This story has it all. Shell companies, offshore tax hacks in the Middle East, tax fraud, conspiracy to defraud the US, false tax returns, a falling out between old college buddies, and more.
Texas attorney Steve Pursley and his college friend Shaun Mooney were in business together. Mr. Pursley represented Mr. Mooney, who owned Southeastern Shipping Company, a company that provides workers to offshore rigs in the Middle East. According to the indictment, Southeastern Shipping is incorporated in Panama, the Isle of Man, and Nevis. Nevis is a small island in the Caribbean.
So far, so good. There is nothing illegal about foreign incorporation or foreign bank accounts, as long as they are properly set up and noted in FBAR and other regulatory filings.
Through an IRS criminal tax investigation, it was discovered that the business partners were concealing Southeastern Shipping profits returning to US coffers. Unreported income of approximately $18 million flowed from a business account on the Isle of Man to the US, but it often came in the guise of stock purchases in shell companies owned by the partners.
Complex arrangements to protect and funnel funds around the world are not new, and not necessarily illegal. We just discussed a tax case won on appeal by Amazon. The financing was set up so well that the IRS went after Amazon not for what they did—but how they did it. More precisely, how Amazon valued their intangible assets on which it reported. In the case of Mr. Pursley, we again have a complicated financing structure—with profits from the Middle East flowing back into the US through shell companies. The catch comes when Mr. Pursley and Mr. Mooney concealed the money being repatriated to the US.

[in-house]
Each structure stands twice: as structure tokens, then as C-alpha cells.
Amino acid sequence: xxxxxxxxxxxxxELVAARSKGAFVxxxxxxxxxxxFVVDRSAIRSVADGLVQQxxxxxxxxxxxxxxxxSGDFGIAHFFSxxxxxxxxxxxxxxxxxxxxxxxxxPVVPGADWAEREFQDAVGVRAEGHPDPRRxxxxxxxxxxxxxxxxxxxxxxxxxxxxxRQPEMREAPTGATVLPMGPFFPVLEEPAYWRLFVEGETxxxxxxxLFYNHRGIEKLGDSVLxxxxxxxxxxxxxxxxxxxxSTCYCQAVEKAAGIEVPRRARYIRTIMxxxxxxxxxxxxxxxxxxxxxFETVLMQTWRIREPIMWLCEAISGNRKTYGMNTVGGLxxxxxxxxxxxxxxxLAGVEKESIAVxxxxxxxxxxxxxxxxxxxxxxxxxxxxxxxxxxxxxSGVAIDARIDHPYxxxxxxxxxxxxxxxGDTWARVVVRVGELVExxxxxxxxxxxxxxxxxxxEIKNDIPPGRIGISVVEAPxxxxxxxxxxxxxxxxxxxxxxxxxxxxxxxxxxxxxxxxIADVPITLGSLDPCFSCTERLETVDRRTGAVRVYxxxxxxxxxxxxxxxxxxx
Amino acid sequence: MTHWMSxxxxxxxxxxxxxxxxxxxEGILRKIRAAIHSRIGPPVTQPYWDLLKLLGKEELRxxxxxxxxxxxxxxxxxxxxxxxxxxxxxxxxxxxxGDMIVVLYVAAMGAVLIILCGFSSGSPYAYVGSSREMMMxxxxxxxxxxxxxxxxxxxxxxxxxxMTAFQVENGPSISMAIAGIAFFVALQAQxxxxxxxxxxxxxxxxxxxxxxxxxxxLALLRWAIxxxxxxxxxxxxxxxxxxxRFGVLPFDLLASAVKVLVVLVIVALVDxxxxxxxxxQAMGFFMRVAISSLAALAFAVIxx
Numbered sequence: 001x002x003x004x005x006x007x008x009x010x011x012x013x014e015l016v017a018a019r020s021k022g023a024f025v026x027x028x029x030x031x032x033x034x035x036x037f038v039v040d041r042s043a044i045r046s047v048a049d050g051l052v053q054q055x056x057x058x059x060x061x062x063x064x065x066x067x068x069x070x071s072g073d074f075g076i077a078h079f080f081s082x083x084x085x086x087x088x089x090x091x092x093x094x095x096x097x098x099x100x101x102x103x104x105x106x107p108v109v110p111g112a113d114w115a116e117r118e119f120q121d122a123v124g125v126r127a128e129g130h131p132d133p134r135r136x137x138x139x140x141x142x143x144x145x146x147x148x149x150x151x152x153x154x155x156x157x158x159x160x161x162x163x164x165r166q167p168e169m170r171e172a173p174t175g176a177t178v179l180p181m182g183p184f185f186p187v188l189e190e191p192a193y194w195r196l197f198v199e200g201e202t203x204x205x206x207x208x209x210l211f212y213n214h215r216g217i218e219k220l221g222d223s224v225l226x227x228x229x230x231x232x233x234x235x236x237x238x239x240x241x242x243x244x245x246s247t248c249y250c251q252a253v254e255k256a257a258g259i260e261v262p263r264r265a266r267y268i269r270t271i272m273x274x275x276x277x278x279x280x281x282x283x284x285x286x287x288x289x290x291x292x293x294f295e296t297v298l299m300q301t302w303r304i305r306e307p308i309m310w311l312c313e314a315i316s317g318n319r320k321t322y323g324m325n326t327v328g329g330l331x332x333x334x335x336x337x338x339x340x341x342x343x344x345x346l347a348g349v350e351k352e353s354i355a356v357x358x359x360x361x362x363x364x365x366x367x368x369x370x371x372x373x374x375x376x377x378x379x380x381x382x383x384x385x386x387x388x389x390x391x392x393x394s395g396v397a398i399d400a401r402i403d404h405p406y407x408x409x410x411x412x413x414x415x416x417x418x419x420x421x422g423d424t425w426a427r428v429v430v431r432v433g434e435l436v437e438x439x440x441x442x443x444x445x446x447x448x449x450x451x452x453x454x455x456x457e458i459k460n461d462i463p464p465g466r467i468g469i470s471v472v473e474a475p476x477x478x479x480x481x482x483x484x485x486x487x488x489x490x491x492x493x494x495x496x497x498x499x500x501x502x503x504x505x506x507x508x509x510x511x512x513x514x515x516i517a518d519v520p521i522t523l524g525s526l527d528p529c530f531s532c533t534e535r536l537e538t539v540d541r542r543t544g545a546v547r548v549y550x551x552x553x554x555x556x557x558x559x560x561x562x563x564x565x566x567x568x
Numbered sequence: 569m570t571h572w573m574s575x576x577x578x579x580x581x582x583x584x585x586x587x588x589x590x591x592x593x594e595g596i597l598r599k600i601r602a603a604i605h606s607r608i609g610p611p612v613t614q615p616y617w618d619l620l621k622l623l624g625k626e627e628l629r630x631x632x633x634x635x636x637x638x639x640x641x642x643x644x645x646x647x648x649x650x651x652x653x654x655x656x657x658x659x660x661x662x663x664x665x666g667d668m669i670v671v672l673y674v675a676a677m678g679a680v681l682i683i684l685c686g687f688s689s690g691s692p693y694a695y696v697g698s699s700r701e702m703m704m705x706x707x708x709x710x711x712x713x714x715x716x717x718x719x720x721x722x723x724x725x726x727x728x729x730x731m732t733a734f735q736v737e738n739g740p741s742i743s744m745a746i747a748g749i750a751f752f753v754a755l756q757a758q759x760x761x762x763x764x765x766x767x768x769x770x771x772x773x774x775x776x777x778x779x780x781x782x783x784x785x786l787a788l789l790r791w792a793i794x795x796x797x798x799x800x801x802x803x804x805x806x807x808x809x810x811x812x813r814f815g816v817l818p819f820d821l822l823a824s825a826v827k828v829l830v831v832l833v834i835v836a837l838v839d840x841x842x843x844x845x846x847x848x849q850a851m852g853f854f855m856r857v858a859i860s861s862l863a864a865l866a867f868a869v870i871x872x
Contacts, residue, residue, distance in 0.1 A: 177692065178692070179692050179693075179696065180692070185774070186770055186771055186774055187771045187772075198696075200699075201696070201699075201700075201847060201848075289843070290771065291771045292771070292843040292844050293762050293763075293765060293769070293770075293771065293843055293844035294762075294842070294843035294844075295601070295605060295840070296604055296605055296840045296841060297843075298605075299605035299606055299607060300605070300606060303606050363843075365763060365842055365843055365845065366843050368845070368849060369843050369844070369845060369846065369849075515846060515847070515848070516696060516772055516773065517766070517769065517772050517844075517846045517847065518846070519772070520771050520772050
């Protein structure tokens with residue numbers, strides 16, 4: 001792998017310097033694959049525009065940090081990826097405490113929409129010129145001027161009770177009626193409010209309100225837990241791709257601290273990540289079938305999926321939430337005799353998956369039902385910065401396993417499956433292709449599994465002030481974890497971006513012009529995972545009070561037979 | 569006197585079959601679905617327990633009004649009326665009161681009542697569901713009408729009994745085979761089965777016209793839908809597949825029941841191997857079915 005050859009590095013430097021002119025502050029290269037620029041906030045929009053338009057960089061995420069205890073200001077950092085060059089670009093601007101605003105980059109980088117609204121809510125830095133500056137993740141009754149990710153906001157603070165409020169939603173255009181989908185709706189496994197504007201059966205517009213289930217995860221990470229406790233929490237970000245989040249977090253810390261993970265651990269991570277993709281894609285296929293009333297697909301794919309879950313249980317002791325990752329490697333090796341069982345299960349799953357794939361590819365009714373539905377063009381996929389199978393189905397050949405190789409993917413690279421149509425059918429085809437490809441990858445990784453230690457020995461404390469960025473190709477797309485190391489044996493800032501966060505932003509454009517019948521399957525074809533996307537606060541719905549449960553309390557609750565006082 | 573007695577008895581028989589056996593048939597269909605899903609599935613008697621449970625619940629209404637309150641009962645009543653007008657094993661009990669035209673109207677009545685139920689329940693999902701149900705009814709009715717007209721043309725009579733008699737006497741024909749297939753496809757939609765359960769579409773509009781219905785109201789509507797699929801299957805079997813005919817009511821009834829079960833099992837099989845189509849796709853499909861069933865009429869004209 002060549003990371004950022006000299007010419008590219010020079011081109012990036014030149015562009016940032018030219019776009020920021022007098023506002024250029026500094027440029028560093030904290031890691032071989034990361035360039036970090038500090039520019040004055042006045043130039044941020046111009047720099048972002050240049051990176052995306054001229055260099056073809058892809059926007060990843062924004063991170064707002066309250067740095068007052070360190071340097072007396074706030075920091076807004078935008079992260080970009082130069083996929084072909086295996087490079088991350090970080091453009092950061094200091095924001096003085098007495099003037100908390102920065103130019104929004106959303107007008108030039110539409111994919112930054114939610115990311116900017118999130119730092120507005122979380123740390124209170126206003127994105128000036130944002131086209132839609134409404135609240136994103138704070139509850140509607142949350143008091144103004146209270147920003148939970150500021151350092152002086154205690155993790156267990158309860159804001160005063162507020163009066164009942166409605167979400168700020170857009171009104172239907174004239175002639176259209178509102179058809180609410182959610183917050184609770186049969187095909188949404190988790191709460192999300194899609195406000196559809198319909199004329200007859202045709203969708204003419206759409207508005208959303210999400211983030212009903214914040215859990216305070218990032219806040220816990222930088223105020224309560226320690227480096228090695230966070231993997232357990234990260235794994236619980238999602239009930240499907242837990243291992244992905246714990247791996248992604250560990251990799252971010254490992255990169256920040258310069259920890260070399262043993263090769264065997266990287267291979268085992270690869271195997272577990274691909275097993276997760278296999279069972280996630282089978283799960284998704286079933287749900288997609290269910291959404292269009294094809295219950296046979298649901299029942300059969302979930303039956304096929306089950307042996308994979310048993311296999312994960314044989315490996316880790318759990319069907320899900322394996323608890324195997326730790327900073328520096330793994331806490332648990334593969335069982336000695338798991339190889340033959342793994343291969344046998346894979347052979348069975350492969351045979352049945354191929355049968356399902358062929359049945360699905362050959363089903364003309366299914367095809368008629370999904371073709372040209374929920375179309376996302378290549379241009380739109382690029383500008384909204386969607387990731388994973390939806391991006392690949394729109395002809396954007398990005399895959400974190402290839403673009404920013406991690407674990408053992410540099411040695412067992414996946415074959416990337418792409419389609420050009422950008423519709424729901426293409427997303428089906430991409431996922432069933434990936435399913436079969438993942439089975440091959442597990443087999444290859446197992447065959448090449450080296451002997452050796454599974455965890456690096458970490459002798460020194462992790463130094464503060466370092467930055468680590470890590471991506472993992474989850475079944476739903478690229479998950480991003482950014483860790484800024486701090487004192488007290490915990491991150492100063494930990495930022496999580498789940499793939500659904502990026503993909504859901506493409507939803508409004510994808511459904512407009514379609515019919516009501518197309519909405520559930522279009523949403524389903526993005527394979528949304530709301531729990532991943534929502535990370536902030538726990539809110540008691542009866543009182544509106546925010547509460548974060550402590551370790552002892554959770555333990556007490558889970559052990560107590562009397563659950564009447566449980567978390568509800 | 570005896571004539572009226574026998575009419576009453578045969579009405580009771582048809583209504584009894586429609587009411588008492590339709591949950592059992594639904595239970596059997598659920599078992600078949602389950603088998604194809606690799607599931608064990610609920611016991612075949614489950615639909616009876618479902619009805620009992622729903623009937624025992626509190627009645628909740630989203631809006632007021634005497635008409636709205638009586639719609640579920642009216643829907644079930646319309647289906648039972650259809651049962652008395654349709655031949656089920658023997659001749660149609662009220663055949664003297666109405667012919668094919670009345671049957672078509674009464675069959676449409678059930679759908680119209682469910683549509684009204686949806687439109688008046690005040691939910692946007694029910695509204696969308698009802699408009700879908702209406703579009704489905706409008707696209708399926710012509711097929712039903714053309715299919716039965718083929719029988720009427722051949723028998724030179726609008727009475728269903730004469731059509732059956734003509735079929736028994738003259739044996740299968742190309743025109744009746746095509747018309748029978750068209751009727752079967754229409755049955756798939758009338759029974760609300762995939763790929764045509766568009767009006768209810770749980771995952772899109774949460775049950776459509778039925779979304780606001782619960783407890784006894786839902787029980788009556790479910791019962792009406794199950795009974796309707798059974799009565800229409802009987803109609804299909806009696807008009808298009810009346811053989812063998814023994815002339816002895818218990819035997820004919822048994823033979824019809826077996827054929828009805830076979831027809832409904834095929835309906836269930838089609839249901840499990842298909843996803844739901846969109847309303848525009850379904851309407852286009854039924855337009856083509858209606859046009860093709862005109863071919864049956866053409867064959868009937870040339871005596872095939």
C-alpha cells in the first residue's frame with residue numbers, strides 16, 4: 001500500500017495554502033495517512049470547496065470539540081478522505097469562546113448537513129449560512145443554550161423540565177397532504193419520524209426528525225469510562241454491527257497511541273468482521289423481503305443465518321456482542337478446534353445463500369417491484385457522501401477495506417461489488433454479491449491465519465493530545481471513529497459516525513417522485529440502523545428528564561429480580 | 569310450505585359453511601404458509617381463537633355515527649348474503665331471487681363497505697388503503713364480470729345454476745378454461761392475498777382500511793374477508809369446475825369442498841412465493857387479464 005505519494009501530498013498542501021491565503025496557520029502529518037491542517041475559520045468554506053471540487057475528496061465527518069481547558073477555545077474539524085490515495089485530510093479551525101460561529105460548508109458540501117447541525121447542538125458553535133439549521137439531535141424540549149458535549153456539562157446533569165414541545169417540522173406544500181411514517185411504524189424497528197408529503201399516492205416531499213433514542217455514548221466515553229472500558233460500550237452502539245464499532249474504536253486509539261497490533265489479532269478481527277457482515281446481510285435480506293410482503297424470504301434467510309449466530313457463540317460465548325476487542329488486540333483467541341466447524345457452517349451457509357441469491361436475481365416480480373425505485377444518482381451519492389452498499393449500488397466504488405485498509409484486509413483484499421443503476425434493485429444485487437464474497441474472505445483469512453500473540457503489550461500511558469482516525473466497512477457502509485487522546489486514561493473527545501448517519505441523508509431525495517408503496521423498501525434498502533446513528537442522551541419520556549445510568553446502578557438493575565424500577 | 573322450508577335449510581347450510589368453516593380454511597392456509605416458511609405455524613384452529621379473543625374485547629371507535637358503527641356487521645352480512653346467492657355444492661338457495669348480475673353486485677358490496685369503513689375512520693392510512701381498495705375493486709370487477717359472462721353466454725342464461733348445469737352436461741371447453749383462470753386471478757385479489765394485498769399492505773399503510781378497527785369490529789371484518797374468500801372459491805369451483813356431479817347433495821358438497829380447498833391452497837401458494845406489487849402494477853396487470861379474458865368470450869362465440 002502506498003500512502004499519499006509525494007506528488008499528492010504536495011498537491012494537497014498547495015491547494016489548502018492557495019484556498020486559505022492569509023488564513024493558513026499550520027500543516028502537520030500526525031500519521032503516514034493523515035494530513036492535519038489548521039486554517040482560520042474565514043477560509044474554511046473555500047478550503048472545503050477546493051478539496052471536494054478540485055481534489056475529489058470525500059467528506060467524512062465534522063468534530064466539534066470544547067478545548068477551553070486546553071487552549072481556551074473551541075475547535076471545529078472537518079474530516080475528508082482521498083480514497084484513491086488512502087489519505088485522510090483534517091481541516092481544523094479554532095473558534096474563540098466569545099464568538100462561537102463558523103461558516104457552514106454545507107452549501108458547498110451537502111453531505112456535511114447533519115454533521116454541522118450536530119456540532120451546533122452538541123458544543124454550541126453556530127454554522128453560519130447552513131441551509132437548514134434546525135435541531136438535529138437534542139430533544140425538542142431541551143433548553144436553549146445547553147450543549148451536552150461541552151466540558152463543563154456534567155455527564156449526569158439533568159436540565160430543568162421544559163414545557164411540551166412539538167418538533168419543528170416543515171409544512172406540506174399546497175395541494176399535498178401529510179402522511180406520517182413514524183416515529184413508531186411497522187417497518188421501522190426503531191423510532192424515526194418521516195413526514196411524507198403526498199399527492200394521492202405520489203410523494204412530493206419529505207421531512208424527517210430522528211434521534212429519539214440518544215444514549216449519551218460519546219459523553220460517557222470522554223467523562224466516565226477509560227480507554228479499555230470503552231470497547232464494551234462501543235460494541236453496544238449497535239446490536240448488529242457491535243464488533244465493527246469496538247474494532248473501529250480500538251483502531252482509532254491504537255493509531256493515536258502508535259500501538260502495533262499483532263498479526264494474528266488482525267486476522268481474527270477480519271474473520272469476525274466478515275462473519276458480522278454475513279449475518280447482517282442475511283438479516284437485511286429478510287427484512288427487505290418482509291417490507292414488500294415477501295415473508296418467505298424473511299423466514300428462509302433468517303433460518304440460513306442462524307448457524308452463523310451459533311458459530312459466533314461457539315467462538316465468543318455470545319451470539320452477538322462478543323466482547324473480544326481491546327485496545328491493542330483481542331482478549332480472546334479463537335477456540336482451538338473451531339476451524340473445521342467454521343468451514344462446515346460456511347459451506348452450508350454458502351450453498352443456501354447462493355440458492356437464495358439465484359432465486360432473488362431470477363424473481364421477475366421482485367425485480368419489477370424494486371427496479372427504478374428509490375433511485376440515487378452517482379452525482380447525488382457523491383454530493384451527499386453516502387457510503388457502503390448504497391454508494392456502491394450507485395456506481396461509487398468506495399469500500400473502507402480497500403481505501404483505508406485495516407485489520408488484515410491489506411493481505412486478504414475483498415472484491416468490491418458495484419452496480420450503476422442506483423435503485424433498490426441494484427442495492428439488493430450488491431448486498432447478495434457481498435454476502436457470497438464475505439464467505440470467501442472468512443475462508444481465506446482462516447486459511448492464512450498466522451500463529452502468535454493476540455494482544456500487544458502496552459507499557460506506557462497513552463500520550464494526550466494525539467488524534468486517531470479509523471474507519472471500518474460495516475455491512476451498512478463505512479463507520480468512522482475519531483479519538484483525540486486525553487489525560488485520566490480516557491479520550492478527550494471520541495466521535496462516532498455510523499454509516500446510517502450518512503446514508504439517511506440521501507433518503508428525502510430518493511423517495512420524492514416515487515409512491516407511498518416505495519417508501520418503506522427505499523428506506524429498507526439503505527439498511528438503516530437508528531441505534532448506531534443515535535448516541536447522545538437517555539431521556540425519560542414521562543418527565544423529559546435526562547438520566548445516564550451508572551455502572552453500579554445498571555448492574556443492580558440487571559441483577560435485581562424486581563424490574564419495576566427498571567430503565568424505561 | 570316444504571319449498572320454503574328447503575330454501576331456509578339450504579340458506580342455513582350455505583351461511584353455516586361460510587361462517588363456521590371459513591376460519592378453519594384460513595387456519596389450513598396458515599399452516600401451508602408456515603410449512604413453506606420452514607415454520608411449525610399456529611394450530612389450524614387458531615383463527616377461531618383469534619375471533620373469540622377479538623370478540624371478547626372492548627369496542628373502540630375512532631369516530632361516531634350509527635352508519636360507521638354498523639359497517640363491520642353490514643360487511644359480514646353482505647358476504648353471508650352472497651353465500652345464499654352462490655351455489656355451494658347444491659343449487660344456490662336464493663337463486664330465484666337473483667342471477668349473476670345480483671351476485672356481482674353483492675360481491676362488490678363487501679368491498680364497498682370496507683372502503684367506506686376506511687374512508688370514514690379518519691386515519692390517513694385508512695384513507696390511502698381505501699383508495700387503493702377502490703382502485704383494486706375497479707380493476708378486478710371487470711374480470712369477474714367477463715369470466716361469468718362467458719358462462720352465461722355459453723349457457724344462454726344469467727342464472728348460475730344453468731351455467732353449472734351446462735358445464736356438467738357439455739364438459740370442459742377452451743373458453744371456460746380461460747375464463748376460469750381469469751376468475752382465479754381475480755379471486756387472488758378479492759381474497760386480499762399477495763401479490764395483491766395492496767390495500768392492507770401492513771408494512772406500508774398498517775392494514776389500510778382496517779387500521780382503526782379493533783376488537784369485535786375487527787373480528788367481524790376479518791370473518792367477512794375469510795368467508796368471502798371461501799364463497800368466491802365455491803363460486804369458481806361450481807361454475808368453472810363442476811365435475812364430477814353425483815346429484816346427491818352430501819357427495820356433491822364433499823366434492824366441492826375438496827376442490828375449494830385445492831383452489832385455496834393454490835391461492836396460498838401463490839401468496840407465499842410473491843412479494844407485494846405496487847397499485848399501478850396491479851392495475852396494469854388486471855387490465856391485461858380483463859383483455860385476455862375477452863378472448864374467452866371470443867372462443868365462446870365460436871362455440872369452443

Both men were eventually charged, with each attempting to throw the other under the bus. Mr. Pursley eventually filed a civil action against Mr. Mooney. The IRS charged Mr. Pursley with illegally profiting to the tune of $4.8 million, filing fraudulent tax returns, and tax evasion when he withdrew the cached value through non-taxable loans to himself for the purchase of goodies such as holiday home in Vail and real property in Texas.
Mr. Pursley was convicted and set for sentencing in December of this year. In addition to a potential 20 years in prison, there are fines, restitution, and probation. Easy come, not so easy go.
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